While the review provided an exhaustive accounting of religious and political persecution in several other nations, it also went beneath the surface to explore unusual and specific areas of human rights strain in some nations, particularly Russia.

Beatings by ‘close relatives’

It noted Russian President Putin’s recent signing of legislation to make “beatings by ‘close relatives’ an administrative rather than criminal offense for first-time offenders” in Russia, “provided the beating does not cause serious harm requiring hospital treatment.”

The report suggested the law may increase instances in which no one gets held accountable for violence against women in Russia, where “approximately 12,000 women [are killed] annually from domestic violence.”

While the review cannot force the U.S. government to cut ties or military aid to rights abusers or to impose sanctions upon them, it is generally regarded as a prime source for tracking human rights abuses by governments around the world and often sparks harsh responses from its named targets.

This year’s document, meanwhile, was published against a backdrop in which the Trump administration itself has faced sharp criticism from some independent human rights organizations.

The New York-based group Human Rights Watch asserted in January that President Trump’s first year in office was “marked by a sharp regression in government efforts to protect and promote a range of human rights.”

“The Trump administration made policy changes that have harmed refugees and immigrants, undermined police accountability for abuse, and rolled back women’s rights, including access to important health services,” Human Rights Watch said.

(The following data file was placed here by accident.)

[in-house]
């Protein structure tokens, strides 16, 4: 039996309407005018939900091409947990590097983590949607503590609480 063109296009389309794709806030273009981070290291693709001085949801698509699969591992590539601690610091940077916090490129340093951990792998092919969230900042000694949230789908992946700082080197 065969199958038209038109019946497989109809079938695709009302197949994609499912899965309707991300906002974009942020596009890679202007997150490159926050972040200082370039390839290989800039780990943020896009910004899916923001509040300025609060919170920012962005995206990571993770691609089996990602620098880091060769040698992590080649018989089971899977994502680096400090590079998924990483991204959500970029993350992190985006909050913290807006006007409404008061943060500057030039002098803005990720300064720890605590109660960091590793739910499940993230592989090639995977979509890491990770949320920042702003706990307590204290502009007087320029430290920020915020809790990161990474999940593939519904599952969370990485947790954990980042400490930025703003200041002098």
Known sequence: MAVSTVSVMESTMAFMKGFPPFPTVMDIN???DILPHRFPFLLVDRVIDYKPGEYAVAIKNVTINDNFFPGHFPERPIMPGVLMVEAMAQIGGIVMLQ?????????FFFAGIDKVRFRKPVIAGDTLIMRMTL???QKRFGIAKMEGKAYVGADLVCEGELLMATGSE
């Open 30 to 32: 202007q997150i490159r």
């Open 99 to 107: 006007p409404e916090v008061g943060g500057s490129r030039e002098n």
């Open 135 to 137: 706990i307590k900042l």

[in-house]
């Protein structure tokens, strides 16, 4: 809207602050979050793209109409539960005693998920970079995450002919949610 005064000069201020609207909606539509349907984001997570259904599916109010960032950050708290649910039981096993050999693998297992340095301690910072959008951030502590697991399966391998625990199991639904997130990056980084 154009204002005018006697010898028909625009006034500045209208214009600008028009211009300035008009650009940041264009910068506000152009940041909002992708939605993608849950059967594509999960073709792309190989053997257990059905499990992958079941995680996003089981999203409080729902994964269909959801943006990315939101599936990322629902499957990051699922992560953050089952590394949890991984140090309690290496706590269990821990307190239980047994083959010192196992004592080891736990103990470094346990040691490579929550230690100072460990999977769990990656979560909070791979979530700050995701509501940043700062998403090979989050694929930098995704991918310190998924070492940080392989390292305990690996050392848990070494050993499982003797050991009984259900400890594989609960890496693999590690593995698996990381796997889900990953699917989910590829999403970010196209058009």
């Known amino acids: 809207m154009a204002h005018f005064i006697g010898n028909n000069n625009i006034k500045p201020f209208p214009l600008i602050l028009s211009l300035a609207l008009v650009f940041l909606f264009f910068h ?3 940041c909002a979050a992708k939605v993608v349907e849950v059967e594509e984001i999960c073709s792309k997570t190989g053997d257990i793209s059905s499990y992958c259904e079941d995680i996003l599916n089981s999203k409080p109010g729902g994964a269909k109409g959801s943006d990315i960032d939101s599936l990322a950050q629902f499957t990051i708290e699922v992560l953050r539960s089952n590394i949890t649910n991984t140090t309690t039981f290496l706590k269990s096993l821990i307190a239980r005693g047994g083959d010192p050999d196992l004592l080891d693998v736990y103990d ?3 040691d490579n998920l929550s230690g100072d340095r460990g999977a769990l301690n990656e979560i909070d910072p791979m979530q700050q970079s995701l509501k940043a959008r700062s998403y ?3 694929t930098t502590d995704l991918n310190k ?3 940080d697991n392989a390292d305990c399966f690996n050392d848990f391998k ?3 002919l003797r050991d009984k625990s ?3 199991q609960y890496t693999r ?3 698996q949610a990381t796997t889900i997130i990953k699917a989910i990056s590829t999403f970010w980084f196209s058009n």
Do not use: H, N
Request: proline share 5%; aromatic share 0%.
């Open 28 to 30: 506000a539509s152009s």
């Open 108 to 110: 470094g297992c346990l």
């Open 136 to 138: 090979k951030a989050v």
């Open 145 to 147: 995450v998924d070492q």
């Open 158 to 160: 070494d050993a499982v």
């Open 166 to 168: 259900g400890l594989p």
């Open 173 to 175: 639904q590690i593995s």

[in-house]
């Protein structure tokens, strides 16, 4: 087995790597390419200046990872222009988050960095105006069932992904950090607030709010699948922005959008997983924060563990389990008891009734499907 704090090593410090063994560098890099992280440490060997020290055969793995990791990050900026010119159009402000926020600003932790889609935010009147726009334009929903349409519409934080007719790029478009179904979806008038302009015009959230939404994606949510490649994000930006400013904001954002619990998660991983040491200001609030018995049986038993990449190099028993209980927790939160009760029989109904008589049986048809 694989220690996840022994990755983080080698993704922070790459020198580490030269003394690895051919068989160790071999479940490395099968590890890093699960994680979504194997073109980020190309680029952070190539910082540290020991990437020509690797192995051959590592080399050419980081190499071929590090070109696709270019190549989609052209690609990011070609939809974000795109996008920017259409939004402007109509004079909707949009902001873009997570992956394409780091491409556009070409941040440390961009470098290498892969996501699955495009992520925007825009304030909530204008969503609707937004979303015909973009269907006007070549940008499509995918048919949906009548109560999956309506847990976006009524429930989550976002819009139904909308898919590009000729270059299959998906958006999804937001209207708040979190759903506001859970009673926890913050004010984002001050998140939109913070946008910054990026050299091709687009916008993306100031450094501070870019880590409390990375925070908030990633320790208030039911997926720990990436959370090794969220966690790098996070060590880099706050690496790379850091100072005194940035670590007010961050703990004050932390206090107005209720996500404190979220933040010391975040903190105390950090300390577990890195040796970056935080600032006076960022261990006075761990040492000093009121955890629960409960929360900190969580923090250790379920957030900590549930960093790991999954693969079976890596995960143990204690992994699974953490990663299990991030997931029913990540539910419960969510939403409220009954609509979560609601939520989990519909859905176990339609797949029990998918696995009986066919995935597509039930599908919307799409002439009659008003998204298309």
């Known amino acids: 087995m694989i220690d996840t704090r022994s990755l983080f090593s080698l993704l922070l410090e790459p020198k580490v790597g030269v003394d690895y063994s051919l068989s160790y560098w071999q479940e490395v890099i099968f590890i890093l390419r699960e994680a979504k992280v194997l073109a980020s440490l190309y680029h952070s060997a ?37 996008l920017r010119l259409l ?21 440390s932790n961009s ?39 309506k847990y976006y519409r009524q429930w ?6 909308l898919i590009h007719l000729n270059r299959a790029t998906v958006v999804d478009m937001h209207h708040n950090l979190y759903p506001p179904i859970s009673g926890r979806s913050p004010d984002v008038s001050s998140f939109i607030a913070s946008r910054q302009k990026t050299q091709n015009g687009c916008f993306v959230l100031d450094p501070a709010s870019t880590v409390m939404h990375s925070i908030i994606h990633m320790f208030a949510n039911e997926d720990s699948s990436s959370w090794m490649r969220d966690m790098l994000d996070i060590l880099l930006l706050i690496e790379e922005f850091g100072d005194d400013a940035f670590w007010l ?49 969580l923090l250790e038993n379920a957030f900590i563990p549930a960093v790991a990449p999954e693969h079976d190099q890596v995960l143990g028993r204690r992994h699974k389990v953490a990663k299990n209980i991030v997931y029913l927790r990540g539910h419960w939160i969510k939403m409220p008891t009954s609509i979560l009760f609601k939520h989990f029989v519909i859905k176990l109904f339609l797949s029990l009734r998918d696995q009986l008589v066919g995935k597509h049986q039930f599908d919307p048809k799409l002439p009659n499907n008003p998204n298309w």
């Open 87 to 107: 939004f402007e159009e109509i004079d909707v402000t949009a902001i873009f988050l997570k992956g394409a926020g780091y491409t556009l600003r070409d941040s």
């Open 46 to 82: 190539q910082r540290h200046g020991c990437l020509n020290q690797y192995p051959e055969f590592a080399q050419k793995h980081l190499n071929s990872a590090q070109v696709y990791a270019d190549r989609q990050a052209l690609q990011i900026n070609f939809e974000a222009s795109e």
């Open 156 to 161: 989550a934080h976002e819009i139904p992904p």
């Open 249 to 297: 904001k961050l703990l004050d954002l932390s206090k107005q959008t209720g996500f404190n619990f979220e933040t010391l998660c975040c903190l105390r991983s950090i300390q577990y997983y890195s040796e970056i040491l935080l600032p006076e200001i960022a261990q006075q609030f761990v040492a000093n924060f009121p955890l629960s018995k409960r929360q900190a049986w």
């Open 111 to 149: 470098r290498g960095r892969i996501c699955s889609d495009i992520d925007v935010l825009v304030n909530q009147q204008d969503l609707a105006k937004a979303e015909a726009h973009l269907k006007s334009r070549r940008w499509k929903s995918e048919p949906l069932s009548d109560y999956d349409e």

The State Department’s annual review does not assess the human-rights situation inside the United States. But on releasing the review Friday, U.S. officials acknowledged the sticky politics that may face the Trump administration when it comes to maintaining, and even growing, ties with other nations cited for abuses.

“Does [it] mean the president should never speak to these people?” said Ambassador Michael Kozak, the senior official in the State Department’s Bureau of Democracy, Human Rights, and Labor.

“Usually part of your policy is engaging with the people your trying to change at some level,” Mr. Kozak told reporters at State Department headquarters.

He also spoke frankly on abusive practices in several specific nations.

When asked about references in this year’s review to political and media oppression in Nicaragua, for instance, Mr. Kozak said outright that “Nicaragua is going the wrong direction on many fronts” and asserted that recent elections in the Central American nation “were a sham.”

When asked about Saudi Arabia’s announcement last year that it will begin allowing women the right to drive automobiles, Mr. Kozak described the development as “a baby step in the right direction.”

With regard to positive human rights examples in general, he added that he’s “always encouraged when you see things break out of a static holding pattern.”